I was once a tomboy.
I liked soccer, swimming and racing in my roller skates. In PE I ran as fast as I could to beat all the boys.
I grew up in a house with a red fence, a basketball hoop in the driveway and a front door that’s always open. Behind the fence we had bushes that grew berries. Not the berries you eat, but the berries you squish into “jam” when you play little house on the prairie with your siblings in the backyard. The backyard with a brick wall you may have taken a piece out of to grind into “flour” for your “prairie bread”.
Our house sat across from a large park with a baseball diamond, woods and a creek.
Growing up, I liked bugs and frogs. I caught fireflies and kept them in a wire house, as if I was doing them a favor by “rescuing them”. The butterfly net I got for my birthday was used as a frog hunting tool. Over the course of my life, I’ve probably caught hundreds of them (I still try, on occasion). But my pride and joy was a bullfrog that was too large for my net, and had to be caught with my hands. I brought it into my 6th grade science class. I think it might have died there after a couple days…
I used to spend hours at the park across the street. In the winter I cracked the ice atop the creek and loaded it into my sled, trucking it back home to build igloos or pretend I needed it for survival as an eskimo. In the summer, it was mostly frog hunting, and the occasional search for stray baseballs in the woods.
One summer, we had a storm that left large sticks all over the park. I started collecting them, until I had enough to make my own “house”.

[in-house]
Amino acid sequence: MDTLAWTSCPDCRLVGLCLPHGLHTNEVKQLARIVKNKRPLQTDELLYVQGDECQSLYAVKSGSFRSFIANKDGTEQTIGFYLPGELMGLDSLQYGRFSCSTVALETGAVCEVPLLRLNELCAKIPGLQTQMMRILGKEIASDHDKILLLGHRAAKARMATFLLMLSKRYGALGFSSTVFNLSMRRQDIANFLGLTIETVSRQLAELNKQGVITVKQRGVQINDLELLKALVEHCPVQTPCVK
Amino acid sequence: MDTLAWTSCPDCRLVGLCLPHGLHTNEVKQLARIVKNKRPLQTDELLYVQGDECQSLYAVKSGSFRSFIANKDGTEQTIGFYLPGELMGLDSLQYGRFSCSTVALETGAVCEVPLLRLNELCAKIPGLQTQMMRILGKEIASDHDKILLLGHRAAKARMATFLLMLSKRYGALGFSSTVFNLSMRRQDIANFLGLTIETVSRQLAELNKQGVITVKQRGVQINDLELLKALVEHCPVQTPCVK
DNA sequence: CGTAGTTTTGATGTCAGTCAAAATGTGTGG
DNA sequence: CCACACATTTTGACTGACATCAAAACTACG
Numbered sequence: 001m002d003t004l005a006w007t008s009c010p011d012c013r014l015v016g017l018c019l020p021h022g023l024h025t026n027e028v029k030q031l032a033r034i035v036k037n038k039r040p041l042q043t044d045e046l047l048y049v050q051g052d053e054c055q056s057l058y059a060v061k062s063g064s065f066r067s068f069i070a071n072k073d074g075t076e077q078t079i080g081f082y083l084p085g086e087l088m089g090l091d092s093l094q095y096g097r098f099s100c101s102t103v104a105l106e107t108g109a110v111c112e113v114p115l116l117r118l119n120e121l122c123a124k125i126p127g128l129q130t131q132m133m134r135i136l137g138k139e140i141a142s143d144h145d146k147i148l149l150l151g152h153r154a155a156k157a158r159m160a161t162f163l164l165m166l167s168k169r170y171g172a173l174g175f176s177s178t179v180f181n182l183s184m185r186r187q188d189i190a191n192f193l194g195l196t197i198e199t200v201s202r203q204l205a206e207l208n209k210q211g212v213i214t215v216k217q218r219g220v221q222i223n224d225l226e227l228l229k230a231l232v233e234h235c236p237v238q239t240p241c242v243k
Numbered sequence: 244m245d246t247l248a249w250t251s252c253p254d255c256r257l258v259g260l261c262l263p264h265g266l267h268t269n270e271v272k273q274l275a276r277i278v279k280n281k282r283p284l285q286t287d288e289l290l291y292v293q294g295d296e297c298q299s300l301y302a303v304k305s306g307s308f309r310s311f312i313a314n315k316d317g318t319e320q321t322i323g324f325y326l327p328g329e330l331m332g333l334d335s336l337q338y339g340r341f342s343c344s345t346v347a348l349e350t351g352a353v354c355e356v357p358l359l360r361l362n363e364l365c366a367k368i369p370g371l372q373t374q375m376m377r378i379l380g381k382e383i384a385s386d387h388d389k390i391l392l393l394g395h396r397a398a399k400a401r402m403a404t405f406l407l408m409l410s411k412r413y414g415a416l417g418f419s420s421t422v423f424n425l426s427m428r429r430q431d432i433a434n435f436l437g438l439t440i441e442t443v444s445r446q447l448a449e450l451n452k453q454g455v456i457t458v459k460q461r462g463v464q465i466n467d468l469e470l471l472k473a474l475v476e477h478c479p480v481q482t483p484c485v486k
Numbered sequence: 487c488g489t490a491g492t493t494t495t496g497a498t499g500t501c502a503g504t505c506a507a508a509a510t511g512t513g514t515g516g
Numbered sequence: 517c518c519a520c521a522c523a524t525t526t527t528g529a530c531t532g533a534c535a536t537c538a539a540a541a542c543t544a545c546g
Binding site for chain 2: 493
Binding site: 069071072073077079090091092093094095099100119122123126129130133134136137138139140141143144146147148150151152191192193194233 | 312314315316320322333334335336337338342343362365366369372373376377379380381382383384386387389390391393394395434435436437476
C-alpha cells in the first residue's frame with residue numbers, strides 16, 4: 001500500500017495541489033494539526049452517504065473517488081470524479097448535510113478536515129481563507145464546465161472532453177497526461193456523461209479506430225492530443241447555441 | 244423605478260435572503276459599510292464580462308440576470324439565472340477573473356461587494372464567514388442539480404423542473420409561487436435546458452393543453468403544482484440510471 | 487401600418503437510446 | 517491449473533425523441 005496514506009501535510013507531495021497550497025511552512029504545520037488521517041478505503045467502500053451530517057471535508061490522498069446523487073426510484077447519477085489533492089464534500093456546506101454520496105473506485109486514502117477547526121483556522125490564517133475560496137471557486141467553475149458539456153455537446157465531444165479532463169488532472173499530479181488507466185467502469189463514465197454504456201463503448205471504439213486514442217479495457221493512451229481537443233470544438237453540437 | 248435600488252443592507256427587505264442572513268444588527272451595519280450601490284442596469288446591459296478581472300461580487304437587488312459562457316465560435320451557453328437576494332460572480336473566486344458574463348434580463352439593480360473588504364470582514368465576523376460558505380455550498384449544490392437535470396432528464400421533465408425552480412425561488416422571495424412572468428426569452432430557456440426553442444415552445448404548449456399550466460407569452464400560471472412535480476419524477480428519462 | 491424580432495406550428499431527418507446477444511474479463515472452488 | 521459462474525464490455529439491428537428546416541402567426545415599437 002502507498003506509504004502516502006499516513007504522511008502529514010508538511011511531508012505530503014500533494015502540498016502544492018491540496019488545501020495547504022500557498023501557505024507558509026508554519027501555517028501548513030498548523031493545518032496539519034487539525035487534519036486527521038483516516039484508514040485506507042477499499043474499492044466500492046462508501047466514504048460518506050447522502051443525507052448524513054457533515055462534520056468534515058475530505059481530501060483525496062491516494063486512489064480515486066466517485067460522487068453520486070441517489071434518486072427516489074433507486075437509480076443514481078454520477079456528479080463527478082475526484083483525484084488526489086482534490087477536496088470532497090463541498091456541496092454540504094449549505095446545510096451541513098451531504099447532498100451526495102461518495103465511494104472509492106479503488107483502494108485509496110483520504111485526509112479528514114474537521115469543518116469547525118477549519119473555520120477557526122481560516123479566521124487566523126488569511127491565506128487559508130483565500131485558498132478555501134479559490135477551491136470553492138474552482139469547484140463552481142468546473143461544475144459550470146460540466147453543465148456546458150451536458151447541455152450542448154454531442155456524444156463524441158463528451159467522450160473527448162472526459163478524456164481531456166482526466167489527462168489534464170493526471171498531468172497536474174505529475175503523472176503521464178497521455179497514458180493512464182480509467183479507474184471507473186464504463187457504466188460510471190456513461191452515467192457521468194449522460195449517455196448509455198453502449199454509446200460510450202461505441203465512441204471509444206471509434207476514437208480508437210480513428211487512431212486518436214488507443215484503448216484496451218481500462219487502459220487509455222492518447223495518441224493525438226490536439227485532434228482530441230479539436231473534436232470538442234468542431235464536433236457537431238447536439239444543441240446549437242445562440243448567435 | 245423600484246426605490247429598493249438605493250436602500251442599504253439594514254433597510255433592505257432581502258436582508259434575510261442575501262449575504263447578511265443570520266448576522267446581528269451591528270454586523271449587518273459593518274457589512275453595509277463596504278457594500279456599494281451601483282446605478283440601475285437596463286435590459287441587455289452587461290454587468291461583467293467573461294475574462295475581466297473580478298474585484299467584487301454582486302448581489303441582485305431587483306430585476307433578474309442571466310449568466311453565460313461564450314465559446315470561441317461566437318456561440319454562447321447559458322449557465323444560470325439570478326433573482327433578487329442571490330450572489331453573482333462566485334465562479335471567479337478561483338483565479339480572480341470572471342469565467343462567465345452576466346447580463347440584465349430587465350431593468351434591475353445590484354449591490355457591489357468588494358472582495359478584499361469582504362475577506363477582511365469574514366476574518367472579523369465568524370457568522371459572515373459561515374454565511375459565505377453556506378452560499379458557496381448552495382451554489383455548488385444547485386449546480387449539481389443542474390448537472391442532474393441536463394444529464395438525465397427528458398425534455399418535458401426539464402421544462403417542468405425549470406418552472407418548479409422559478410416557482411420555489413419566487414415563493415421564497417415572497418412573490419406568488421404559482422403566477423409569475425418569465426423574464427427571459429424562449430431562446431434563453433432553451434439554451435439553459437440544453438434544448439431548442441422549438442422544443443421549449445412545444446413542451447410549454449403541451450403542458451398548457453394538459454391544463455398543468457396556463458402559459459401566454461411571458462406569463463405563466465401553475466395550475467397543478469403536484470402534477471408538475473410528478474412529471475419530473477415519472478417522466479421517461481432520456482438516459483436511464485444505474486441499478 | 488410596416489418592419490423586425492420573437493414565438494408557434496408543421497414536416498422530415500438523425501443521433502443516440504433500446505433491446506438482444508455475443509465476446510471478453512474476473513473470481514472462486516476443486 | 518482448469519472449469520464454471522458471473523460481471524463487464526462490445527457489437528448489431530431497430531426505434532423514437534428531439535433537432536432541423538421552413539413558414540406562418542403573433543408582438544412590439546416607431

I made a teepee.
A large teepee -one you could literally stand up in. I’m sure it took me weeks to build. The sticks wrapped the back half of a large tree, so it couldn’t be seen from the road. I collected so many sticks that there were no gaps to see inside. A large piece of bark swung open and shut as the “door”.
The tree had notches and gaps between its roots to store all the treasures I found in the woods. Balls, bottles, fireworks trash, rocks and an abundance of acorns. I made a garland of leaves, a flag stuck in the ground and I even recall writing “Welcome” in the dirt at the entrance.
I find it funny the detail I remember about that teepee. I thought of it today as I shopped for a wreath to put over our fireplace. 10 year old Katie would have just made one out of sticks.
My life. It was so full of play and creativity. Not a worry in the world. Because the weight of life just didn’t exist yet.
I live a happy life, but as I’ve aged I’ve noticed that my sense of whimsy and carefree is not near what it used to be. I’m not sure that it’s by choice, but by experiences of hurt or sadness. I know more now than what I did before.
I’ve fought that. Being safe, protected and naive sounds easier. Pretending I don’t have a budget sounds easier. Pretending my mom didn’t have cancer sounds easier. Pretending I don’t have to work at my marriage sounds easier.
Living an easy, carefree life is terrific. Like the teepee of my childhood.
But a life without experience is shallow. Our God does not call us to be naive. Even when the truth is hard to swallow.
Today I’m attempting to not wish that my life is easy, but hope for experiences in which God has an opportunity to speak to my heart and deepen my view in who He is and who I am to Him.
“It’s a shallow life that doesn’t give a person a few scars.” Garrison Keillor